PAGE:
Jan Nagórski – a pioneer of aviation, engineer and one of the first Polish pilots. He went down in history as the first man to fly over the Arctic. He became famous during World War I fighting Germans in the Baltic Sea as the commander of a seaplane squadron. He was also the first pilot in the world to perform an aerobatic figure called loop in a flying boat. The first time during a dogfight in summer 1916, and then he repeated the feat on the 30th of August 1916 by performing a double loop flying a Grigorovich M-9 flying boat, which this time was duly confirmed.
Nagórski was born on February 8, 1888 in Włocławek, Poland then under the Russian partition, and died on June 9, 1976 in Warsaw, Poland at the age of 88. He was the second son of Józef Nagórski and Aniela of Muszyński family. He had four siblings. His father owned a small farm and a windmill. As a child, Nagórski made friends with the miller and spent a lot of his time at the mill. The miller often offered a place to stay overnight to people travelling from mill to mill looking for bread. “Windmill” stories told by the miller and his guests fired up the imagination of young Nagórski, who dreamed of becoming a traveler and an explorer.
After completion of the primary school, Nagórski went to the middle school (gymnasium) in Włocławek where his education was interrupted after the 6 grade due to lack of money. He started to work as a public servant at a local poviat court and, at the same time, took extramatural examination to become a teacher for four-grade schools. In the beginning of the school year 1905/1906 he took up employment as a teacher and headmaster at a village school in Krośniewice. With his earnings, however, there was no hope to raise enough money to pay the tuition fee required to study at the Warsaw University of Technology. In his desire to go out into the world and also to continue his education, Nagórski decided to study at a military school. In 1906 he passed an extramatural secondary school exam, and was then accepted at the Russian infantry junker school in Odessa.
Following his graduation in 1909 Nagórski got his first assignment to the 23rd Riflemen Regiment in Khabarovsk in eastern reaches of Russia. After spending 2 years at the Amur river living a colorful life in a multinational community, he was permitted to take up exams to the engineering school.
He went to St. Petersburg in July 1911, where he started to study at St. Petersburg’s Naval Engineering School upon successful completion of his exam. At the very time the world was buzzing with excitement over a new invention – the airplane. The very first aeroclub was just founded in St. Petersburg. With a bit of spare time between the exams and the beginning of the school, Nagórski started to study the theory of aviation and became member of the All-Russian Aeroclub.
He commenced practical training under the supervision of the instructor – senior lieutenant Mikołaj Jacuk (Nikolai Yatsuk). Nagórski made his first flight as a pilot 2 months later and soon received the International Pilot Certificate. At the same time, a military aviation school was established in Gatchina. Nagórski applied for admission to the school and with his pilot certificate in hand, he had priority of admission. Soon, he started to study at Gatchina whilst continuing his engineering school education.
In summer 1913 Nagórski graduated from the engineering school with marine engineer’s degree. Simultaneously, he completed his education at Gatchina aviation school earning the title of “War Pilot”. He was one of the first pilots of the imperial Russian navy. He served at the Chief Hydrographic Administration of the Ministry of Navy. 1913 was also a year full of excitement over polar expeditions. Everywhere, people were talking about expeditions to the far North. In summer 1912 expedition led by Georgy Sedov headed for the North Pole, together with two other expeditions: expedition of Georgy Brusilov to reach the Pacific via north passage and the expedition of Vladimir Rusanov aimed to explore the route to Spitsbergen. All three expeditions went missing in the icy land of the Arctic. Sedov’s expedition on ship ”Saint Martyr Foka” was intended to reach the Franz Joseph Land. Then, in spring 1913, Sedov was to set off for the North Pole on foot, and after reaching the North Pole return to Nowaya Zemlya or Greenland.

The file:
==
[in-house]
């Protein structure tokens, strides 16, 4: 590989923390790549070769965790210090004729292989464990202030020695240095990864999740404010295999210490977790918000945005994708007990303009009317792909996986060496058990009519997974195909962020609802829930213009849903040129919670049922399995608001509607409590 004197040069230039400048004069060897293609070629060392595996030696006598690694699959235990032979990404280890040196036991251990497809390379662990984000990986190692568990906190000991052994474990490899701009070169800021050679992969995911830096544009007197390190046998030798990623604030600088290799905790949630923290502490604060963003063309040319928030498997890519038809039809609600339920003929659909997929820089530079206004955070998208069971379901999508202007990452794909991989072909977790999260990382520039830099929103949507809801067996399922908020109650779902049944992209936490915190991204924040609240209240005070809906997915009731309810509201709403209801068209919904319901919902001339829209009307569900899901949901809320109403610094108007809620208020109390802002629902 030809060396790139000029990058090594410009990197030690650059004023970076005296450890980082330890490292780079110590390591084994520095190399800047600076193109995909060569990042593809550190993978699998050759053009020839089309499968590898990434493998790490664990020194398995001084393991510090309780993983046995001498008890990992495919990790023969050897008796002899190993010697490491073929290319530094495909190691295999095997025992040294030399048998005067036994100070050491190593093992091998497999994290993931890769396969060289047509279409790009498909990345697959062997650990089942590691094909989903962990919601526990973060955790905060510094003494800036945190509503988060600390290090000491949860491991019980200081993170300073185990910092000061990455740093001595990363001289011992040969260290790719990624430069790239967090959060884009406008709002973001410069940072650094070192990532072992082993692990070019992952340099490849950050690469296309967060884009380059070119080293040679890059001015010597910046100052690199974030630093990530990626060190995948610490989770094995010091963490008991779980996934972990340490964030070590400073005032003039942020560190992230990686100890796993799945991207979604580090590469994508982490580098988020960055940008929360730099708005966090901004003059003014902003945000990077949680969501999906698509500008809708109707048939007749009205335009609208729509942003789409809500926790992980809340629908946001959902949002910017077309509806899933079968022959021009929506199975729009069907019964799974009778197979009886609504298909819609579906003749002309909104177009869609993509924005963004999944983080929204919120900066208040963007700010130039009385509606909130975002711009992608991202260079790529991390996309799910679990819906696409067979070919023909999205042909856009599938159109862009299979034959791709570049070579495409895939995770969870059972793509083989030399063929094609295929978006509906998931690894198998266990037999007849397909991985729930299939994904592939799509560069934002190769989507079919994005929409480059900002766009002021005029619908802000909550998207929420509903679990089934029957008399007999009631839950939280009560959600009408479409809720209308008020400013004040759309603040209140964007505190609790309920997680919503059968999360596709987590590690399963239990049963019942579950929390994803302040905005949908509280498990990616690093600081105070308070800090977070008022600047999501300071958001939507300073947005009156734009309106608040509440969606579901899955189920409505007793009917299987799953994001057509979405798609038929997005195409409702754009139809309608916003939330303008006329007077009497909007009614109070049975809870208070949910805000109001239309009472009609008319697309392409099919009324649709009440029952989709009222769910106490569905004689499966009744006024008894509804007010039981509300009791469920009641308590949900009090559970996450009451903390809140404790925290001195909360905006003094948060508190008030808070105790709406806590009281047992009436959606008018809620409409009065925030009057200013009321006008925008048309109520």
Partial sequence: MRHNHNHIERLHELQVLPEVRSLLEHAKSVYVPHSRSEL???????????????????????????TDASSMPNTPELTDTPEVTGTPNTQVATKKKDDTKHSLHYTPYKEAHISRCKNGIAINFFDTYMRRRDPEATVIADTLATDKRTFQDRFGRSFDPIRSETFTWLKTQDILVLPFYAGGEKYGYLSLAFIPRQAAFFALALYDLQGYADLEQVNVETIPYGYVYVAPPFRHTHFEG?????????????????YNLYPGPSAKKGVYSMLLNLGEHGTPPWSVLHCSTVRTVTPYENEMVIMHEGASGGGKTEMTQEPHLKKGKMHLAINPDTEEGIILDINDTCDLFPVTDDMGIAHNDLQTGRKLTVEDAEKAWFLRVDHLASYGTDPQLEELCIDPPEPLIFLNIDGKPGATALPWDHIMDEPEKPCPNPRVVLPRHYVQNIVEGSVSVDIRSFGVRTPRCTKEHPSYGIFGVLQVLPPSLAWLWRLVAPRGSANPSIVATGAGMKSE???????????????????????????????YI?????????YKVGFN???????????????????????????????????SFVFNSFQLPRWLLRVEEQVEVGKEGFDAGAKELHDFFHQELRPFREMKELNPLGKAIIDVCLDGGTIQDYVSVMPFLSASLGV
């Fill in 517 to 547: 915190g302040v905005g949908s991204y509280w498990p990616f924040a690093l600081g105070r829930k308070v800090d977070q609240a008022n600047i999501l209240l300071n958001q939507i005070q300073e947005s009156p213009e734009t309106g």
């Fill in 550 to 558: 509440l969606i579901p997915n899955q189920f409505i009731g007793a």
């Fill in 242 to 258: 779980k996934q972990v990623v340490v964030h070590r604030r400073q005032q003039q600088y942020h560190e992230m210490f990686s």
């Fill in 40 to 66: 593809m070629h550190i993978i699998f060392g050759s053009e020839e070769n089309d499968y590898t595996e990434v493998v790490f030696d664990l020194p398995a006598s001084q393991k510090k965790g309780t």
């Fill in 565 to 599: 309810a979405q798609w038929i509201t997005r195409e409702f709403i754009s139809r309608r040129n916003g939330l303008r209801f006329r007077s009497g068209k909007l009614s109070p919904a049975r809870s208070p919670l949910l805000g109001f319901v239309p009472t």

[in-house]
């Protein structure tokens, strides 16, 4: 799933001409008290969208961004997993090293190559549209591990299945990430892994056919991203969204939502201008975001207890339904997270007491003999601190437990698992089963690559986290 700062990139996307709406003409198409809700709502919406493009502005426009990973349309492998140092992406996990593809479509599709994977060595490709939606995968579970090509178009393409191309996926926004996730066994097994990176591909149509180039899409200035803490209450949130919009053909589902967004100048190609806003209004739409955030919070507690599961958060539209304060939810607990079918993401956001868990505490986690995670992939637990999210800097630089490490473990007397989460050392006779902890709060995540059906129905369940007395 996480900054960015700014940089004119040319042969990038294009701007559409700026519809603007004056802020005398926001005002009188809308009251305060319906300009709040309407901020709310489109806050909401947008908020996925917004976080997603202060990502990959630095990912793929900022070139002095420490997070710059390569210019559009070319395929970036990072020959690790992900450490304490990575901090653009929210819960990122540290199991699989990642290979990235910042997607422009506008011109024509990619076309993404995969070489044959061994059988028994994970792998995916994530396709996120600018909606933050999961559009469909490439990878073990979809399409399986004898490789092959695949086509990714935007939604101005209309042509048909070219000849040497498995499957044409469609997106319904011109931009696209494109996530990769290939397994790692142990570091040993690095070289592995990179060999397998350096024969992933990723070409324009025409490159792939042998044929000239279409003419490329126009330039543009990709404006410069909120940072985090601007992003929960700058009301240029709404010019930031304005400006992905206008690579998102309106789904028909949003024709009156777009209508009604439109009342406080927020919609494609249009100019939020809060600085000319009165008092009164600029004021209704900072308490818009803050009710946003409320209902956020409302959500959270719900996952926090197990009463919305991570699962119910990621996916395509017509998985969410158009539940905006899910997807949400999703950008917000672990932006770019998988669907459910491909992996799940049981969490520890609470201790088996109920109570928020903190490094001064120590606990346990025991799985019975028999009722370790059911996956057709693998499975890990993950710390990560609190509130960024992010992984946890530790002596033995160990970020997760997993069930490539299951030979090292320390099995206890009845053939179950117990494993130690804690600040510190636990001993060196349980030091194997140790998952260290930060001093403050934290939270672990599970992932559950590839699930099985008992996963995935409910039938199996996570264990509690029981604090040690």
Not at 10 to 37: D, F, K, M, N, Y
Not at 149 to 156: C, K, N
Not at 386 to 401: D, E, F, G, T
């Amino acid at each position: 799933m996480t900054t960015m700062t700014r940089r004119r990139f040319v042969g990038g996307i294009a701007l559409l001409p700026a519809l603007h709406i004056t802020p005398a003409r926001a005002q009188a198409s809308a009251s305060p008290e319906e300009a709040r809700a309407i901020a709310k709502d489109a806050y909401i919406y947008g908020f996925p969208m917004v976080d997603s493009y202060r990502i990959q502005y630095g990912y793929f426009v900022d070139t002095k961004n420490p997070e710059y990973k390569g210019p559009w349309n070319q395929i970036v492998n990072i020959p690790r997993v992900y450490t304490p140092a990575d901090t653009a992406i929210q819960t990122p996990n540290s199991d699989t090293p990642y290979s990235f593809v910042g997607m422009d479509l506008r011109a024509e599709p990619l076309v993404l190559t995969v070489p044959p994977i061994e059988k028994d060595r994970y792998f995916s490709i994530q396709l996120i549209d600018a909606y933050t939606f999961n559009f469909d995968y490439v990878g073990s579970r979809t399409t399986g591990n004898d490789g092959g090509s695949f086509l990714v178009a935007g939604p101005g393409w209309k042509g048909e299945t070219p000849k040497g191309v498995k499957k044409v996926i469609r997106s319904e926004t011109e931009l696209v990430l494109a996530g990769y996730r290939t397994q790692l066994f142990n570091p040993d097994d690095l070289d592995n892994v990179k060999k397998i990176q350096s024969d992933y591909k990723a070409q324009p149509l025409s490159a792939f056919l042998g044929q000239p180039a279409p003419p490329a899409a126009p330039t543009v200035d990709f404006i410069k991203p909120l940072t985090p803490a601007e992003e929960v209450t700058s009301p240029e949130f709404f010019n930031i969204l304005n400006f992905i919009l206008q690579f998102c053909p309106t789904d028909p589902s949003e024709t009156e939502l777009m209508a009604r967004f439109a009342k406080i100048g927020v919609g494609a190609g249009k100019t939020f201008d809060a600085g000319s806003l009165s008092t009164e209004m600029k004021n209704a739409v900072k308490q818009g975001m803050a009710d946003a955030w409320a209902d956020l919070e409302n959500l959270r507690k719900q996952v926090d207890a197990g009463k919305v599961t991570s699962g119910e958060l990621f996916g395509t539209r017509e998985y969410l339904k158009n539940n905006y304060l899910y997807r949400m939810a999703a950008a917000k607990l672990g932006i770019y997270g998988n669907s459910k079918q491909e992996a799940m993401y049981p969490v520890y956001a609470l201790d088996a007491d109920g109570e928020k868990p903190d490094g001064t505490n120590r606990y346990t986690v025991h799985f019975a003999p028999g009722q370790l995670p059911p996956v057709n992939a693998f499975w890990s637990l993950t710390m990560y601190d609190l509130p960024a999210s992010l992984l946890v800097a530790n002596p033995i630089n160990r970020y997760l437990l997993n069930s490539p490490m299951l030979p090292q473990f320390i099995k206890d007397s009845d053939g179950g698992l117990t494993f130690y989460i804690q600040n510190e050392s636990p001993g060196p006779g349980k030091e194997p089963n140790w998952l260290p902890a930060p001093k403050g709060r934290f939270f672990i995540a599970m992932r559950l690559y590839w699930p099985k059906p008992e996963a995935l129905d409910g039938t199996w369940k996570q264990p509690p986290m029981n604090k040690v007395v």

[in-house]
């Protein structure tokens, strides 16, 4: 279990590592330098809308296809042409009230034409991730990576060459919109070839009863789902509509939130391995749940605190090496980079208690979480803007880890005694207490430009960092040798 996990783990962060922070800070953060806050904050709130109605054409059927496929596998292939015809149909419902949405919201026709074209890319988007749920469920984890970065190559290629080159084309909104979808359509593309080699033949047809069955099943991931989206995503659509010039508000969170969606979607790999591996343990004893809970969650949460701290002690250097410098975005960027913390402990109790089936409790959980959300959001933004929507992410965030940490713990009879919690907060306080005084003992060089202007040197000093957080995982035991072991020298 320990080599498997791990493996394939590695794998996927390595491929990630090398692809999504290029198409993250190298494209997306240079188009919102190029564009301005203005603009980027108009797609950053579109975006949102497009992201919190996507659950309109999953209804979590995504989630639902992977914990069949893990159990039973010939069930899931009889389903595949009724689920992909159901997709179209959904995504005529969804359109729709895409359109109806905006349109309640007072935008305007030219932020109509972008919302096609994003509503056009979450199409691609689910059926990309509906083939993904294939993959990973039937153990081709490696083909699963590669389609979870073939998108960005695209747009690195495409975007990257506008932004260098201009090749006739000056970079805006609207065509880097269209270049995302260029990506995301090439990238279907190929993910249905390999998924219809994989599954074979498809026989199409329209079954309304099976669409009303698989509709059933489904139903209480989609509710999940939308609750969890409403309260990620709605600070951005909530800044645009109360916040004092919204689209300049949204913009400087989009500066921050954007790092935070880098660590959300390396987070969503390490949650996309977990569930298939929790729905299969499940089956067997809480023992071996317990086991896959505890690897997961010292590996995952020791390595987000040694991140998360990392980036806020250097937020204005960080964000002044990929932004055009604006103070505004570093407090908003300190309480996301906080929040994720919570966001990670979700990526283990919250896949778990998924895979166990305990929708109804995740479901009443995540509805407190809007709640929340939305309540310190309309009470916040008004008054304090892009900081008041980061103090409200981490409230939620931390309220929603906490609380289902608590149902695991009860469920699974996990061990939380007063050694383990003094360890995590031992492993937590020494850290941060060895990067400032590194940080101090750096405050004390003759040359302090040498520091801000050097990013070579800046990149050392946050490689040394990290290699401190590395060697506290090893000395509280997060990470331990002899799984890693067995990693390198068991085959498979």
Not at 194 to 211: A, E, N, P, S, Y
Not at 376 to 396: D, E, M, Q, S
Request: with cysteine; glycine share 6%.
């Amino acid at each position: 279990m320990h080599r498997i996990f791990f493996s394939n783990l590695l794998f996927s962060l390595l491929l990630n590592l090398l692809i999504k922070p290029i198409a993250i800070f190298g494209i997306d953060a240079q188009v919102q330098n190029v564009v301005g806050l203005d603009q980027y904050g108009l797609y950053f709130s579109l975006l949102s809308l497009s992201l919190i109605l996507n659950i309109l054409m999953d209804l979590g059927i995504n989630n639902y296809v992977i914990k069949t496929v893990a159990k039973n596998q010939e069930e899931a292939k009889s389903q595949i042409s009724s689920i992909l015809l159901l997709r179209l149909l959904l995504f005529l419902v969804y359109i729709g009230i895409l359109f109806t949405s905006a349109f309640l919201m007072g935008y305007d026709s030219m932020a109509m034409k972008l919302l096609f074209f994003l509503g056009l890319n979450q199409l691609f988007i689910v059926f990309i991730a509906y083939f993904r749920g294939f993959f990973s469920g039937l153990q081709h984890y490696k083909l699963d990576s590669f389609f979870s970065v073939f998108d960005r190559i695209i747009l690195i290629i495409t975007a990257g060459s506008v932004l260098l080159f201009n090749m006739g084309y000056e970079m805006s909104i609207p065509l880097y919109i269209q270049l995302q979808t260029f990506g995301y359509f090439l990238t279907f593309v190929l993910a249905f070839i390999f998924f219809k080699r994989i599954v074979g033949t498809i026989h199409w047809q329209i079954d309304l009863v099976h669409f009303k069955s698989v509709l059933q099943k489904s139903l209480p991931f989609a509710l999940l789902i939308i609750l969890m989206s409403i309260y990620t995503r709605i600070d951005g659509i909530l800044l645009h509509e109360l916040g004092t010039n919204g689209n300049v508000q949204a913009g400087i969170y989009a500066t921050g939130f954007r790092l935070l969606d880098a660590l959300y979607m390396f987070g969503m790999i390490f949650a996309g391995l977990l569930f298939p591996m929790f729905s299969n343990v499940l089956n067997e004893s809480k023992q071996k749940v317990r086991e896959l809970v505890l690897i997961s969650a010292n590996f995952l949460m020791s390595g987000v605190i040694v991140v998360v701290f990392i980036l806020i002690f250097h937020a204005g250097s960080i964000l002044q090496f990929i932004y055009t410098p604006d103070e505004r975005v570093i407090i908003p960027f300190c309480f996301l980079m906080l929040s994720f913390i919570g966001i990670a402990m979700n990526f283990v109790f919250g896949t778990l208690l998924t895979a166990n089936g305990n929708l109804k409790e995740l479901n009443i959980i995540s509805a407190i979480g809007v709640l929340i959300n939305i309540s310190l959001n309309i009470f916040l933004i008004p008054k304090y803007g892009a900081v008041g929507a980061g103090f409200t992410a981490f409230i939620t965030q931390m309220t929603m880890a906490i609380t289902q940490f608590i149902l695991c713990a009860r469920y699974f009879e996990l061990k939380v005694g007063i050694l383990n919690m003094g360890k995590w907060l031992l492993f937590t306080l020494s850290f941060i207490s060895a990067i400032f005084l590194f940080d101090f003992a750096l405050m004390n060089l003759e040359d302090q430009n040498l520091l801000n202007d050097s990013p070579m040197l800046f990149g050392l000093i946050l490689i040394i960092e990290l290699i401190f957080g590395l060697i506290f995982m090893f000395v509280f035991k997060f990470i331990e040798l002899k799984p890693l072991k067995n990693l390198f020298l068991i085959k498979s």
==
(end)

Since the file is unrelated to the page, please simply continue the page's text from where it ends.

In 1914 Nagórski was summoned by the Admiral Mikhail Zhdanko and asked to participate in a rescue mission. The expedition was to include three teams. For the first time in history it was decided that an airplane was to be deployed. As an experienced pilot and marine engineer Nagórski’s task was to prepare the expedition and to choose the appropriate plane. He opted for the French two-person aircraft Maurice Farman MF-11, equipped with a reliable, air-cooled 70 horsepower Renault engine with heated carburetor and double cooling system. The airplane could reach a speed of 107 km/h, had a carrying capacity of 350 kg and a flying range of approx. 500 km.
Nagórski commenced with the preparations. Aware of his ignorance of the far North he turned for help to Roald Amundsen, the famous Norwegian polar explorer who, among other things, reached the South Pole in 1911. To his great surprise Nagórski very soon received an answer from Amundsen, who offered to share his knowledge and experience. The admiralty ordered a Maurice-Farman MF-11 airplane in France. On June 3, 1914 Nagórski went to Paris to Farman Aviation Works and Renault factory for a month to personally supervise the fabrication of the airplane and make himself familiar with construction details of the airframe and of the engine. He also completed 18 training flights on this type of airplane. It was also in France where he first met Amundsen, who came to Paris to share his knowledge and experience with Nagórski.